For a scientific world in which it is recognized that a previously accepted theory will be overturned by another more complicated theory in time, there arises a question of belief, as scientifically-minded people must recognize the evolving situation yet distinguish between theories they presently accept and those which they never did. The dominant idea behind this distinction has become, courtesy of philosopher Karl Popper, that of falsifiability. Basically this means that if it is possible under certain conditions to falsify (disprove) a theory, and it has not yet been falsified, then we accept it as valid. This is actually a descriptive paradigm, because it is supposed to describe how scientists behave. As the dominance of the scientific worldview has spread, the idea of falsifiability has filtered into other disciplines, and has become especially well-entrenched in the daily lives of people who are not scientists themselves but do follow its cult. The latter describes an increasing number of professionals in all areas, including music & the arts. Ultimately this makes falsifiability an important issue in music, if only because of its audience, and especially in early music.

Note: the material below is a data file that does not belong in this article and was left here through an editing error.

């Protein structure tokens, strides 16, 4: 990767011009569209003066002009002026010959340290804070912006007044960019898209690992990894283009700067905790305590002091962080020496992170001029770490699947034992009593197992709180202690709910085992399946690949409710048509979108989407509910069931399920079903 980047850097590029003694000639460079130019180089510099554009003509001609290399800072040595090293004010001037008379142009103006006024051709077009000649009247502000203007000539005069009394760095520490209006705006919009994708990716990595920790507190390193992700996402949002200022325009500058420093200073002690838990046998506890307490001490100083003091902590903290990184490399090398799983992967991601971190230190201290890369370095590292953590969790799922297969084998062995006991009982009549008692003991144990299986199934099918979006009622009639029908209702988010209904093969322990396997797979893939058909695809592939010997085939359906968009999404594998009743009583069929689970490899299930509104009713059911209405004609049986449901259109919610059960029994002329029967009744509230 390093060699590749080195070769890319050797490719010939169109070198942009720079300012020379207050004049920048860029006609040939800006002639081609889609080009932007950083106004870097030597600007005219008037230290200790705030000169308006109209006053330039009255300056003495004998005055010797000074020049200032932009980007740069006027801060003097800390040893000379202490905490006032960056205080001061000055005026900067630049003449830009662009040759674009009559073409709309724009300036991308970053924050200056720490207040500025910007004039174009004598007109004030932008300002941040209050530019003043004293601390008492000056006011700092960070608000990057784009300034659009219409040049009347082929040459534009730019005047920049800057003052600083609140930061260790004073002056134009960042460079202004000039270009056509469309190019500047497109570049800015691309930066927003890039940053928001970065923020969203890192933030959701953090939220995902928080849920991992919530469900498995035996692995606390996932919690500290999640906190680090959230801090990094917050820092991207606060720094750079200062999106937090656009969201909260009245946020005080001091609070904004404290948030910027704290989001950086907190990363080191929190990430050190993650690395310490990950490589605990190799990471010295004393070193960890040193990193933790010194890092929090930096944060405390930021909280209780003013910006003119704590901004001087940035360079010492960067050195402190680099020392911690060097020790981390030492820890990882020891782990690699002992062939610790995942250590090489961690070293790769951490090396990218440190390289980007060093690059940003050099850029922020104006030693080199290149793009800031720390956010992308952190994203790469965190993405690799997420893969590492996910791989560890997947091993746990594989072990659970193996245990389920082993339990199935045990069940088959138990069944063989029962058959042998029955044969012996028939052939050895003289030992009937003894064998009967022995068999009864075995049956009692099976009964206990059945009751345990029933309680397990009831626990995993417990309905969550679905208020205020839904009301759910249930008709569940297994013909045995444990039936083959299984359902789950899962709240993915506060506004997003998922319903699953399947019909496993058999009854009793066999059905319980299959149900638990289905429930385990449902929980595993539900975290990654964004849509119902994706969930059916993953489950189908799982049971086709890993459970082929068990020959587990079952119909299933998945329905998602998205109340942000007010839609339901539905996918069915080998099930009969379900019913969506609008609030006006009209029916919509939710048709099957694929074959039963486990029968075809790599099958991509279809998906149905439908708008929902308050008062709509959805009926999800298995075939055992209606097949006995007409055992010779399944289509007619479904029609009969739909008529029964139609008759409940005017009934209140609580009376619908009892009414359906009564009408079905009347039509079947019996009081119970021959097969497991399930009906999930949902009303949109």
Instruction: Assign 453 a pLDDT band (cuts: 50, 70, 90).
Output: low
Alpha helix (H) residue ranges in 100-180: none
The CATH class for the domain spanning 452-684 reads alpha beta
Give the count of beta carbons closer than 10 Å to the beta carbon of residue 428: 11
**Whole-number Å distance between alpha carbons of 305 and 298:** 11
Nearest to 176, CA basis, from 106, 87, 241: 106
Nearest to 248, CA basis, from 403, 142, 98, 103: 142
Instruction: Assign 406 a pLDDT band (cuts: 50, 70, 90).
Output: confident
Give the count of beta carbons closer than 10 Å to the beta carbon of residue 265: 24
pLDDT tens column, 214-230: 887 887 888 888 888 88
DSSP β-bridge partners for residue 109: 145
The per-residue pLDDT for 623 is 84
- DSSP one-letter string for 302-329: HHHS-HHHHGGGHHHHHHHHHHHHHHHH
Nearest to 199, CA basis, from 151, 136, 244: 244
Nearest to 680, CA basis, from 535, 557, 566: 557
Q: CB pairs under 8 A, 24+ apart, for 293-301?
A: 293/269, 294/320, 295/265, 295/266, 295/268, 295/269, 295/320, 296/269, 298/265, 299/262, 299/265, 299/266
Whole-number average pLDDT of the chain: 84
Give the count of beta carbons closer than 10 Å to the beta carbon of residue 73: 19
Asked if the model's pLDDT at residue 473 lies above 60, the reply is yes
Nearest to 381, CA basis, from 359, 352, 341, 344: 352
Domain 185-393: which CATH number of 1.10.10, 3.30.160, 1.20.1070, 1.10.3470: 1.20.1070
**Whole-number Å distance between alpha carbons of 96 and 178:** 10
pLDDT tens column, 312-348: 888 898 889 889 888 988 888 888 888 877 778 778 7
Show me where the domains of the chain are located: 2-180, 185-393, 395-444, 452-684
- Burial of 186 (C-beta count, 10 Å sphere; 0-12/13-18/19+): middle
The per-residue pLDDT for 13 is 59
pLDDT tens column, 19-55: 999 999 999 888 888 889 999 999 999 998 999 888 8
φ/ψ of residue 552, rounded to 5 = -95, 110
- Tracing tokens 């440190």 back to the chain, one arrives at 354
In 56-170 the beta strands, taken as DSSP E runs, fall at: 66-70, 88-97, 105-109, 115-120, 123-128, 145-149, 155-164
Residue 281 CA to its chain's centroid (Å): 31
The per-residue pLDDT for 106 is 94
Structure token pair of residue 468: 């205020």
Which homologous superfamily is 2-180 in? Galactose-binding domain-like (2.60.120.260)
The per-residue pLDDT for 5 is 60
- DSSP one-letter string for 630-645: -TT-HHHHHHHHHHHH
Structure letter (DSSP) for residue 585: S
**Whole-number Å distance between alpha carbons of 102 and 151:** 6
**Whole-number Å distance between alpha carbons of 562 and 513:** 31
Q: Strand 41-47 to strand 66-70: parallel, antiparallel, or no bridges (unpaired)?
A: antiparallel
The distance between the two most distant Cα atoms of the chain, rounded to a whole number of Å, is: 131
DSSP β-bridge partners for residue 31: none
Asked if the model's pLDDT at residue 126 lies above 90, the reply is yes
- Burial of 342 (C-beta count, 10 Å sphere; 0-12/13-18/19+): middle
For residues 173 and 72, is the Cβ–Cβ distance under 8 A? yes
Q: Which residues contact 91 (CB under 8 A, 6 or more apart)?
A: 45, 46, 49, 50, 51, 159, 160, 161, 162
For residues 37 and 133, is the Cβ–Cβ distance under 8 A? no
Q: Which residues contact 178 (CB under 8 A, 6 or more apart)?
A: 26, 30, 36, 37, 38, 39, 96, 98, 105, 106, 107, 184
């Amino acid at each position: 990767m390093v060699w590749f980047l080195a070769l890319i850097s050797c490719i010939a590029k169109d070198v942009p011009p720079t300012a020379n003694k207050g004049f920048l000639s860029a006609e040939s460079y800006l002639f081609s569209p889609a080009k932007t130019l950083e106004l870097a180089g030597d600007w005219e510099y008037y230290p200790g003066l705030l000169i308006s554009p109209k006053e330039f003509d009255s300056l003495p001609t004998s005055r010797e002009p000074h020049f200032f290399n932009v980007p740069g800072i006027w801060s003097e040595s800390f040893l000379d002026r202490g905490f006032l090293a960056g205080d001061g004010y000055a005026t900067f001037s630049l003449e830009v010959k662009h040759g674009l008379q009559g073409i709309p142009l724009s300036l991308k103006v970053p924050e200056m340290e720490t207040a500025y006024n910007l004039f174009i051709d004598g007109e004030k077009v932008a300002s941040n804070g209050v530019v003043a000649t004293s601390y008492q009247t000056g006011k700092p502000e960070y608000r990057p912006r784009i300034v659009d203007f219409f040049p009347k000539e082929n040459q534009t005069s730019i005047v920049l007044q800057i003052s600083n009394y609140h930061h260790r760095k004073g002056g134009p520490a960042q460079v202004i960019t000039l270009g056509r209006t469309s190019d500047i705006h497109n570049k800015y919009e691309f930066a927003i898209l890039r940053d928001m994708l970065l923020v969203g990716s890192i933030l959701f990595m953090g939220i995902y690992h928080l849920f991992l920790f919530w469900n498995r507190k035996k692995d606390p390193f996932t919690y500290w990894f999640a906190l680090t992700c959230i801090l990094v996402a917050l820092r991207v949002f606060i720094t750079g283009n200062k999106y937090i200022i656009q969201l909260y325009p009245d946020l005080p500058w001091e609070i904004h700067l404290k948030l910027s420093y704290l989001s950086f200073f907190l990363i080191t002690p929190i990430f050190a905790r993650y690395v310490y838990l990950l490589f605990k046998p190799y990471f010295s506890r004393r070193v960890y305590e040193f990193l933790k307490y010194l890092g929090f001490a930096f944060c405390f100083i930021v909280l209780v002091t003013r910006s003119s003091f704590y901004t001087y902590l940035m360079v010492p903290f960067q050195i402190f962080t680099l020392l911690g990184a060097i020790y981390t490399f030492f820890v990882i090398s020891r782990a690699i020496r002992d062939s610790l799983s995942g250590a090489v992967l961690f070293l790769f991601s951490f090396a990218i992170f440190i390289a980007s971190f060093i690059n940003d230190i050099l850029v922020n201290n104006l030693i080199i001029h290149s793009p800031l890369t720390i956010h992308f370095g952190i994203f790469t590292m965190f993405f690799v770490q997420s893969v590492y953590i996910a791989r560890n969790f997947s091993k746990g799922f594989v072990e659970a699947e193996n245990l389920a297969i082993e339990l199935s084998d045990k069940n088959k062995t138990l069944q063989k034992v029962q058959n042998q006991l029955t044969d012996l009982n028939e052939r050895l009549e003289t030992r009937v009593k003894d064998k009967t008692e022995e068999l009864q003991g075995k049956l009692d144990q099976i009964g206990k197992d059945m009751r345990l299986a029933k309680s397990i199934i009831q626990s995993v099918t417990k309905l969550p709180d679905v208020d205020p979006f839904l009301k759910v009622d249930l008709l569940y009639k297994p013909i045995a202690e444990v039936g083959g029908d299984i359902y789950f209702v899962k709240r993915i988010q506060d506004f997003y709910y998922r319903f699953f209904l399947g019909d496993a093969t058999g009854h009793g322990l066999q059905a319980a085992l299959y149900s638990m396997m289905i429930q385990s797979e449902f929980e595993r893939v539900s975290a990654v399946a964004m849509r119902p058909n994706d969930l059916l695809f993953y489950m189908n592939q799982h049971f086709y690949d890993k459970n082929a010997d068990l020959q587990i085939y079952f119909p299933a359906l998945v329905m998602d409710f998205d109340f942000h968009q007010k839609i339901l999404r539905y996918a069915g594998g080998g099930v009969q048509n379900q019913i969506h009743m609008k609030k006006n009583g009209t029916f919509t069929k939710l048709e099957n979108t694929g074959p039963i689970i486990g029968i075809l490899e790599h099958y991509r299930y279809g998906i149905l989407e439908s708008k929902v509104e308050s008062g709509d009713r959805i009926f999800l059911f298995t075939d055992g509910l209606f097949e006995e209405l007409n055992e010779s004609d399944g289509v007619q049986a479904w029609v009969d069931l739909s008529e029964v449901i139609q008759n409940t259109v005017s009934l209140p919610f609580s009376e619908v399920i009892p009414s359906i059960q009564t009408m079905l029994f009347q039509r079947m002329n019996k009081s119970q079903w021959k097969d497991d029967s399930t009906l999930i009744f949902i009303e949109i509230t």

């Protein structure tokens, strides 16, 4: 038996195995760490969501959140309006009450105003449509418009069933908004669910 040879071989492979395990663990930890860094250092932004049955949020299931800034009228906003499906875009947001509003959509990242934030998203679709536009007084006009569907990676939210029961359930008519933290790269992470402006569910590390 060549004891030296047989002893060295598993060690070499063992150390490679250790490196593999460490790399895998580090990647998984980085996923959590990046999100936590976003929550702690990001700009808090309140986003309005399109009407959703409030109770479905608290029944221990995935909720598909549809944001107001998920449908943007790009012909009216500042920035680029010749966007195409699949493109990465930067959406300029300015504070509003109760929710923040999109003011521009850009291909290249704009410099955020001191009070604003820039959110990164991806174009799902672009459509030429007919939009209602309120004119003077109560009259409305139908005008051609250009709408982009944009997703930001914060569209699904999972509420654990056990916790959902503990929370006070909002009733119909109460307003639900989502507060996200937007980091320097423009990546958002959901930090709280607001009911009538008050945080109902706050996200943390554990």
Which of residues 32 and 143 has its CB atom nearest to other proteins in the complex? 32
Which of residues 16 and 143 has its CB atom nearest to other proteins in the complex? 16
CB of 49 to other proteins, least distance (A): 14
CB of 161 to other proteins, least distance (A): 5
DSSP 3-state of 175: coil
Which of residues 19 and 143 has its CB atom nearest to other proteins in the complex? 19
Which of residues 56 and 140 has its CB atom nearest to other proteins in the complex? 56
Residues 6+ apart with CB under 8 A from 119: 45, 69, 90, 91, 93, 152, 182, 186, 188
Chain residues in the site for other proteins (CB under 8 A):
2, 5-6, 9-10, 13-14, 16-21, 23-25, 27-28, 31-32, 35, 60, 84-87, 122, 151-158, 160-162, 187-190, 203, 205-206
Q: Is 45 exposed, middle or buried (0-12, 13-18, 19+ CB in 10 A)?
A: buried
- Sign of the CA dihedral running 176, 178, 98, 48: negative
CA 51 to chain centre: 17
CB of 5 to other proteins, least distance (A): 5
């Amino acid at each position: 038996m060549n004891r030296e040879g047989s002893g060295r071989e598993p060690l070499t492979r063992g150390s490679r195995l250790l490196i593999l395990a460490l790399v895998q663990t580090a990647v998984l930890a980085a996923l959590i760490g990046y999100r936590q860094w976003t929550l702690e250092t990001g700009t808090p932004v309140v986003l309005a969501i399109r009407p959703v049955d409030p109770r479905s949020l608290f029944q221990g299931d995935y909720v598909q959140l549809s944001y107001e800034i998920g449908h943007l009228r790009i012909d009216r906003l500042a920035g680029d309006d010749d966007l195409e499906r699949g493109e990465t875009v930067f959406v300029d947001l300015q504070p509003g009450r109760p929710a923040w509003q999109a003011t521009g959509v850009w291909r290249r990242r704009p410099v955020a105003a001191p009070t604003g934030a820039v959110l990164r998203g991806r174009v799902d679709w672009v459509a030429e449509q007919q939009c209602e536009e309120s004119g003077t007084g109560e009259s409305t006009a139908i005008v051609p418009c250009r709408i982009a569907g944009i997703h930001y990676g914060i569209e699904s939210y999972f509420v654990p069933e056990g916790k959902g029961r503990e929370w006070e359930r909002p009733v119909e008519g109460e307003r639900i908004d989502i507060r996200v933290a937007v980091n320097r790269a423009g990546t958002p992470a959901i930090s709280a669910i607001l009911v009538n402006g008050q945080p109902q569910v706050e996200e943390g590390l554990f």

Now that the German scientific model of career evaluation is dominant in universities throughout the world, academics in art & music must present a thesis rather than demonstrating scholarship per se. This makes falsifiability one of the primary movers in art music, and even partly explains the popularity of the "authenticity" phenomenon itself. The first issue is that for events of the past, falsifiability only takes us so far. Beyond a certain point, and with a few circumstantial exceptions, details of performance cannot be known. In other words, there are various "theories of performance" which are simply unfalsifiable (short of inventing a time machine), yet which are presented under the general rubric of thesis & argument. There is no new information to use, and there is nothing else the notation can tell us. We are left to accept or reject them based on other factors, and one factor which has indeed been influential is whether they reflect a kind of science-like determinism used to defuse criticism concerning a lack of individual thought. Beyond that, even if we know exactly how the composer or someone else heard or envisioned a piece of music, do we necessarily care? Art is not about whether an airplane will fly or crash, and to continue the analogy, we cannot even agree on which of the two we prefer.